When you first hear about “exploding head syndrome,” you may think it sounds horrifying. It’s not quite as bad as it sounds, but for those who suffer from the condition, it can be troubling. And, scientists now say that it’s more common than they previously thought.
The American Academy of Sleep Medicine says exploding head consists of a loud noise that you suddenly imagine just before you fall asleep. It can seem like a violent explosion has gone off in your head. It can also occur as you wake up in the night.
The traditional scientific belief was that exploding head syndrome is most common among individuals over the age of 50. However, the authors of a new study published in the Journal of Sleep talked to 211 undergraduate and graduate college students and they found that nearly one in five had experienced exploding brain syndrome at one point in their lifetime. Some said it was so extreme it even affected their waking lives with stress and fear.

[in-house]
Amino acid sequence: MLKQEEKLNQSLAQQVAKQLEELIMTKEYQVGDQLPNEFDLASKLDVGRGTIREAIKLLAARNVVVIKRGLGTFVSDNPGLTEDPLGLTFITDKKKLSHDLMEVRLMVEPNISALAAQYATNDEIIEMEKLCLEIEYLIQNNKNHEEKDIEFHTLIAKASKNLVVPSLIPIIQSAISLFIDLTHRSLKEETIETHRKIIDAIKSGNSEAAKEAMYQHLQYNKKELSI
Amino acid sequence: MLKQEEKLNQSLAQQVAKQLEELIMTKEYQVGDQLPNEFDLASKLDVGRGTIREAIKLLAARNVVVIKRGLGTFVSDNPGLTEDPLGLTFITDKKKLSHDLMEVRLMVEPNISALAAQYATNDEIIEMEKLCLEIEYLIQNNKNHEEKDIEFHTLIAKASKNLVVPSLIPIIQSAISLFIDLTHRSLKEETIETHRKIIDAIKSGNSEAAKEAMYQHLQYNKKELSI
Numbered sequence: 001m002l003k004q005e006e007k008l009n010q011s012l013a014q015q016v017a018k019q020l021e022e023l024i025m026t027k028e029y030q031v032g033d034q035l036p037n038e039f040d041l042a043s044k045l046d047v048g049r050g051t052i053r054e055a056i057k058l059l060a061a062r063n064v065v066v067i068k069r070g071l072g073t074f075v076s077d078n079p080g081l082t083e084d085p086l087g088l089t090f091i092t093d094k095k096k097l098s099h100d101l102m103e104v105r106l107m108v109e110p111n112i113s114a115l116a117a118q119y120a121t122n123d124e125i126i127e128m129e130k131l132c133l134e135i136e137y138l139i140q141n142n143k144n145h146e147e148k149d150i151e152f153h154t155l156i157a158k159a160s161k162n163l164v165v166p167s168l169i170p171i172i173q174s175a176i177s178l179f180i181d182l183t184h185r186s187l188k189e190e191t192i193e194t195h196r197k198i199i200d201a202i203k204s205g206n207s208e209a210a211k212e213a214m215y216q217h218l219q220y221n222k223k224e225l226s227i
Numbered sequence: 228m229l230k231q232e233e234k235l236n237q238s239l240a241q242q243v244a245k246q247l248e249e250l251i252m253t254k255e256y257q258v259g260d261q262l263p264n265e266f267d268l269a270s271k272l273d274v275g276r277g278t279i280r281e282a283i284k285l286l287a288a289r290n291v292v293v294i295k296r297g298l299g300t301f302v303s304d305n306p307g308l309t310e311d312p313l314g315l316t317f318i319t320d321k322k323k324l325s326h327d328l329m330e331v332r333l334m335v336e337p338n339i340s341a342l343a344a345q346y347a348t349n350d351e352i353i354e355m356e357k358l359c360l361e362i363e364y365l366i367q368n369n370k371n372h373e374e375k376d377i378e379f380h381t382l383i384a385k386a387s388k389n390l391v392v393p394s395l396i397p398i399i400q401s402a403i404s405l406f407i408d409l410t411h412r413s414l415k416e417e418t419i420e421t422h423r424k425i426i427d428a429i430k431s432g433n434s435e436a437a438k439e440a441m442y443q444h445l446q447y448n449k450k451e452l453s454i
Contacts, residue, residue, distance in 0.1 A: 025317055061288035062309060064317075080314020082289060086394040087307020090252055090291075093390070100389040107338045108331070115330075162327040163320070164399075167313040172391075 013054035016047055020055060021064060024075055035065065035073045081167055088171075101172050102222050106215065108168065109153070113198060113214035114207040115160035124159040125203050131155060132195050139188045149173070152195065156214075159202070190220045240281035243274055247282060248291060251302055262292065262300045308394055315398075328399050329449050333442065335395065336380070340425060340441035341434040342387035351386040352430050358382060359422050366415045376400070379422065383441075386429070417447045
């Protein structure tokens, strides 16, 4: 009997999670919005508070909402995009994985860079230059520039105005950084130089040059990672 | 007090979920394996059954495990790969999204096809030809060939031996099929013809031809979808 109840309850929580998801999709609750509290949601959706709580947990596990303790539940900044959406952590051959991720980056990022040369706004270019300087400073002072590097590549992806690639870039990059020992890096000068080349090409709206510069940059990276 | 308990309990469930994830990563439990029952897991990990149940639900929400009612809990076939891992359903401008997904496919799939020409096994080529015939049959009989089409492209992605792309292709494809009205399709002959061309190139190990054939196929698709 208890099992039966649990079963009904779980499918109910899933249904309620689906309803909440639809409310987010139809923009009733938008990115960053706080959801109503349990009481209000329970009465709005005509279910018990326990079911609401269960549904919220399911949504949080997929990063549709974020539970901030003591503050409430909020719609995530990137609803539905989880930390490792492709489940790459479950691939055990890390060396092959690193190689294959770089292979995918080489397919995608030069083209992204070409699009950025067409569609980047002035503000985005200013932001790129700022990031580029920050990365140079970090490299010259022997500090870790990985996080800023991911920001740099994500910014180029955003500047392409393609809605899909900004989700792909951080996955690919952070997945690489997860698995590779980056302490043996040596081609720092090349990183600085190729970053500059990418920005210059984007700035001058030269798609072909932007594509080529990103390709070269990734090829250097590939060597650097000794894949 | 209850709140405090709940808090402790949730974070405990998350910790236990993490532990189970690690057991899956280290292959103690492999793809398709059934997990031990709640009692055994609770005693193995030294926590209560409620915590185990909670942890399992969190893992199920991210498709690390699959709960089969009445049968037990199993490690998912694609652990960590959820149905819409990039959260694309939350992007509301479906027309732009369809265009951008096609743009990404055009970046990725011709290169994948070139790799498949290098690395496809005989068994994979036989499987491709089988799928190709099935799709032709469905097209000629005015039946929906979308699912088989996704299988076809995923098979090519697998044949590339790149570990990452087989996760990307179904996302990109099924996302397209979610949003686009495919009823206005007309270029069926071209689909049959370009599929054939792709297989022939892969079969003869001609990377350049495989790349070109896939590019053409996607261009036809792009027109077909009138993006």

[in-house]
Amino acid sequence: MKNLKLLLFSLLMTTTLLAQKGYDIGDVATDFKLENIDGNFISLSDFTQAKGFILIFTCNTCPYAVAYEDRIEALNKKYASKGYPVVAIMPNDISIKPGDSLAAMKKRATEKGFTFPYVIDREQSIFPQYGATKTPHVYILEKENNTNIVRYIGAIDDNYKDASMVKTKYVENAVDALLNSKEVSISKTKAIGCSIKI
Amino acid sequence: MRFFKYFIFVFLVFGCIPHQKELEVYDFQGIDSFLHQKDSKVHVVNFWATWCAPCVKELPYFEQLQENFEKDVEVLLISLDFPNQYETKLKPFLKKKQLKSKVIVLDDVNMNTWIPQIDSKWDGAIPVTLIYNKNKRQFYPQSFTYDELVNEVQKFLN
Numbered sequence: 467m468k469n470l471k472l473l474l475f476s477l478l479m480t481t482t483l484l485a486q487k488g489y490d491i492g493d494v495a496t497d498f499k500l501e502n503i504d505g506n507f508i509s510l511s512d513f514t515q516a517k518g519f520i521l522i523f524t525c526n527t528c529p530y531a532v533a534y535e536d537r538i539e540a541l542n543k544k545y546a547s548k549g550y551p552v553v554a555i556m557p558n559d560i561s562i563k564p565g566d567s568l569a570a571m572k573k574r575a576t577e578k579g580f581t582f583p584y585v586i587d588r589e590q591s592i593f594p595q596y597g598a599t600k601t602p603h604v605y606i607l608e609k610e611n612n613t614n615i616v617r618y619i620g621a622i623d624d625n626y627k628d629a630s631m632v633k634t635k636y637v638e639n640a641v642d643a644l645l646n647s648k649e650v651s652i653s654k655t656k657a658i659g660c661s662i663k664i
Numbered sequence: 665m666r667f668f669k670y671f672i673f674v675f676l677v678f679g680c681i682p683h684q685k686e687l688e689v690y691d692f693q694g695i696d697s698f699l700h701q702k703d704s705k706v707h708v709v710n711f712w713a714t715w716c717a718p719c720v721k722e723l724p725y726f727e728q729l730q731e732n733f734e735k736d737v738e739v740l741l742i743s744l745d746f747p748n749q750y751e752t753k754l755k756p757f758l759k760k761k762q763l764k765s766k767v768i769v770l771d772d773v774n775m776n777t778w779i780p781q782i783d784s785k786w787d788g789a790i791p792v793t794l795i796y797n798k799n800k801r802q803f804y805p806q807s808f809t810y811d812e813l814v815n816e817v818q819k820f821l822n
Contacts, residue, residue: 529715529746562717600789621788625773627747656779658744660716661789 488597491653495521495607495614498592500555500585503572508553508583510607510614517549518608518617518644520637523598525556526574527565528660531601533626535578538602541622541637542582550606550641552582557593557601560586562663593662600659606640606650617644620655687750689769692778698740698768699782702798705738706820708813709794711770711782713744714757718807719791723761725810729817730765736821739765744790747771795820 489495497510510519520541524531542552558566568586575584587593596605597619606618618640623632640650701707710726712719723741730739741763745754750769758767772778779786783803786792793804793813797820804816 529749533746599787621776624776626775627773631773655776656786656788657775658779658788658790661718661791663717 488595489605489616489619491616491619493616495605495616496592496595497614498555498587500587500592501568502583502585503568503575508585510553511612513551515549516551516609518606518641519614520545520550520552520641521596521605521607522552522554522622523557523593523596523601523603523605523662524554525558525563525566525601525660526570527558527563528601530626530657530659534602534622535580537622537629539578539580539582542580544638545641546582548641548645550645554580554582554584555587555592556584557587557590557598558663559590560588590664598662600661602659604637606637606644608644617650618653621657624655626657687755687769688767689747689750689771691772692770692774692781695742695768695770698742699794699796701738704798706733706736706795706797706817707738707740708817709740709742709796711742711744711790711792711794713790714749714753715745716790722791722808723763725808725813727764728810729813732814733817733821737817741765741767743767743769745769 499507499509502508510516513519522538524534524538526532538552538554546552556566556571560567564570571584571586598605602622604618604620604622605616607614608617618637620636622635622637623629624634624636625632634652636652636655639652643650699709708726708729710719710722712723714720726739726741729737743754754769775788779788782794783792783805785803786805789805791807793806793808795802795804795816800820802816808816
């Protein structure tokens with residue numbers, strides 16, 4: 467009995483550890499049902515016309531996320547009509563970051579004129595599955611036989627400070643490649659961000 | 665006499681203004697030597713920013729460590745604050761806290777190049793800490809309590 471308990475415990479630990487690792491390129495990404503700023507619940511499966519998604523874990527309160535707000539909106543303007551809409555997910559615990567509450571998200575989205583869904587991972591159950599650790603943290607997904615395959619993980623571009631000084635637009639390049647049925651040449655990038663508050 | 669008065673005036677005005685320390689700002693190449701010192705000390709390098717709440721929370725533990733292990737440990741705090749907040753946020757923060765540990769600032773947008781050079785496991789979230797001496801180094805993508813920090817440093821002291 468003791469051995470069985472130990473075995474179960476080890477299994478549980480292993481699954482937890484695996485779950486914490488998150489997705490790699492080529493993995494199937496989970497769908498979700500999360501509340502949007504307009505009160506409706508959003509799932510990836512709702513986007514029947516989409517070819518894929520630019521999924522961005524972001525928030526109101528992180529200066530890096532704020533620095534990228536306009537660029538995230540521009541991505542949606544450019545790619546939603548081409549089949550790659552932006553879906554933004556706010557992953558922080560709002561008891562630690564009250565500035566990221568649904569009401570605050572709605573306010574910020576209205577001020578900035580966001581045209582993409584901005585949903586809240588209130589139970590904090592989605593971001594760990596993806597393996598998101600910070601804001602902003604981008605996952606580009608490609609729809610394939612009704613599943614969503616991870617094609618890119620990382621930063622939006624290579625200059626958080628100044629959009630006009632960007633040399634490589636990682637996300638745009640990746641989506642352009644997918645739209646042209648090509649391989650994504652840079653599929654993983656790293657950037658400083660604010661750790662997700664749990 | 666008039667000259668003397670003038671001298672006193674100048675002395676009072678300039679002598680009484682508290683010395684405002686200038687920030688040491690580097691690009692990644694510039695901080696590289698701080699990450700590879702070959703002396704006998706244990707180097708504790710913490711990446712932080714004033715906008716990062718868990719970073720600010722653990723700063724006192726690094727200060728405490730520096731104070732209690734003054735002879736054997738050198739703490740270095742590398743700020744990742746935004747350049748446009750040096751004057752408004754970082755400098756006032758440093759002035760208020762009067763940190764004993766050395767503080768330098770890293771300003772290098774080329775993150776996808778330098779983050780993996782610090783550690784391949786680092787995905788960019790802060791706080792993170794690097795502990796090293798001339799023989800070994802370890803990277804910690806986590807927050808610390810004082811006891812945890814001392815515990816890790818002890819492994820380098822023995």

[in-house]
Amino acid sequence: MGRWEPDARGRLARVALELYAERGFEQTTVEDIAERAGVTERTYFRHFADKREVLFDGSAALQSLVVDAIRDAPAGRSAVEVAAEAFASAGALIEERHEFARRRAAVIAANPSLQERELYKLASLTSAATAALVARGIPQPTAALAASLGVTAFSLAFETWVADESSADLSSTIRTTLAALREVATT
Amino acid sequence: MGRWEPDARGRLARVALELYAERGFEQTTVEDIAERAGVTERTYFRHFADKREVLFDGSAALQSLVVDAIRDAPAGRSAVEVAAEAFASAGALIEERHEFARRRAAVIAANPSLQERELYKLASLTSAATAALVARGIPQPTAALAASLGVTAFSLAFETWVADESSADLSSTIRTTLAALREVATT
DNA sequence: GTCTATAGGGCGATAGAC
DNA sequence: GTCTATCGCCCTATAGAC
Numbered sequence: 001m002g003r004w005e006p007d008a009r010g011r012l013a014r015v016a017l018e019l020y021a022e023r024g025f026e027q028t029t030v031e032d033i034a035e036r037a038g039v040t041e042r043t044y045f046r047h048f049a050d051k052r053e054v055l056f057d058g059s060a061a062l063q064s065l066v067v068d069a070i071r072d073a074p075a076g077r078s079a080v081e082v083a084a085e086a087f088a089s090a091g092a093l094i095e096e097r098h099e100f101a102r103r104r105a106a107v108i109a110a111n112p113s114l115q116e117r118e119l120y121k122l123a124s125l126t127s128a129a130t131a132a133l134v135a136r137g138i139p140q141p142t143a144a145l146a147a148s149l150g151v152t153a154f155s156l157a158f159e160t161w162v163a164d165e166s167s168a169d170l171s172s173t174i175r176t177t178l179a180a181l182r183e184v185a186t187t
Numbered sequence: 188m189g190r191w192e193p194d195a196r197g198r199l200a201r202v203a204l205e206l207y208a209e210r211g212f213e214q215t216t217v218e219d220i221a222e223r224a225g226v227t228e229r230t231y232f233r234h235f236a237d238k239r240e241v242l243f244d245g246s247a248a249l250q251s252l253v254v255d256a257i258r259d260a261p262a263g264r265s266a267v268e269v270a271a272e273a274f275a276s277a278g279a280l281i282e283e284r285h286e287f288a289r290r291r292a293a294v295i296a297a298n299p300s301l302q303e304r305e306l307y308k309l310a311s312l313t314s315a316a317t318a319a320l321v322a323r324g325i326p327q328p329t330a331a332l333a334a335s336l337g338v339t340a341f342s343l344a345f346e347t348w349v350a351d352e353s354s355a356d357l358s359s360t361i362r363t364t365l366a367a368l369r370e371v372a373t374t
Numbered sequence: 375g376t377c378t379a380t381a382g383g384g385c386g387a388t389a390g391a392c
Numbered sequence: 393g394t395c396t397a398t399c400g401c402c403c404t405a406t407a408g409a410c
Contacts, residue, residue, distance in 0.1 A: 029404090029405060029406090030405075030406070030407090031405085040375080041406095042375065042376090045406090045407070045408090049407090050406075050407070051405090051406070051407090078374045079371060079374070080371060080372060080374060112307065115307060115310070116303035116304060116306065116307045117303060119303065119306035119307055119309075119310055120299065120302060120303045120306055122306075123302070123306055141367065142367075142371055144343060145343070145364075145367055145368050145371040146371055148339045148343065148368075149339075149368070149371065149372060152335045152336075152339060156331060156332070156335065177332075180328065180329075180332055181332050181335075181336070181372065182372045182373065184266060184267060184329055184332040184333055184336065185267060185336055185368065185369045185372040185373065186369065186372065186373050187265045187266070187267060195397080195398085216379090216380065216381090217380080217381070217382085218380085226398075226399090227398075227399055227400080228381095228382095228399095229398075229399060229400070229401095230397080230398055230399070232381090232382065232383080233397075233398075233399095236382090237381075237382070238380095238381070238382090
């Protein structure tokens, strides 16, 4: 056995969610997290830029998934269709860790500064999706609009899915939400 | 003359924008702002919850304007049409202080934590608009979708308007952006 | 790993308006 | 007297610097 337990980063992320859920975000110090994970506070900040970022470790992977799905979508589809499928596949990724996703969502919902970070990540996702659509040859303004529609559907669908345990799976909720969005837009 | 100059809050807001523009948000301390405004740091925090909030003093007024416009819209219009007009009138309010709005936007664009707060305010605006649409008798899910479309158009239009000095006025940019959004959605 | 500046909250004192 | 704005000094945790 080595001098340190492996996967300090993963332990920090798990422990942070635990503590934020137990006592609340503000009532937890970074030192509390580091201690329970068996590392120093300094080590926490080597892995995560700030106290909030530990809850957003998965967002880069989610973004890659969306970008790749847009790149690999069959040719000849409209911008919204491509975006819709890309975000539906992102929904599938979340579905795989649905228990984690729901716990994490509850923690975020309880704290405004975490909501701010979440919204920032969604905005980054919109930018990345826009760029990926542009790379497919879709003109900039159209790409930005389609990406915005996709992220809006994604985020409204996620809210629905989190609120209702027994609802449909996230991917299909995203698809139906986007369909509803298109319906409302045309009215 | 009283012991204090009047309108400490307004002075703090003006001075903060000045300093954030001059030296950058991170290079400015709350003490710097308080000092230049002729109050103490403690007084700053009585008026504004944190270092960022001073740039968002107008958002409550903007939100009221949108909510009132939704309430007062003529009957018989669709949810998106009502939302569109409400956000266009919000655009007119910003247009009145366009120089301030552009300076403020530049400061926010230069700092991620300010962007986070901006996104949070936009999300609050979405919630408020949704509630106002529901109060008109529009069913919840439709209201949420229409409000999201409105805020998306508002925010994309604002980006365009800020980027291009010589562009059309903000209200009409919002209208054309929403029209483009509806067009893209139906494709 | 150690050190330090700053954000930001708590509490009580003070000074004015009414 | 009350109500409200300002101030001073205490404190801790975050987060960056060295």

The new research says the “exploding” event usually occurs as the brain shuts down, similar to a computer that turns off. When the brain goes to sleep, it shuts down in stages, with motor, auditory, and then visual neurons. In individuals who suffer from exploding head syndrome, something goes awry during that shutdown process.
There’s no true cure for the condition. Current treatments can “turn down the volume” of the explosion, but not actually stop it. Further research will be performed to understand exactly how to treat the expectantly large population of nightly sufferers.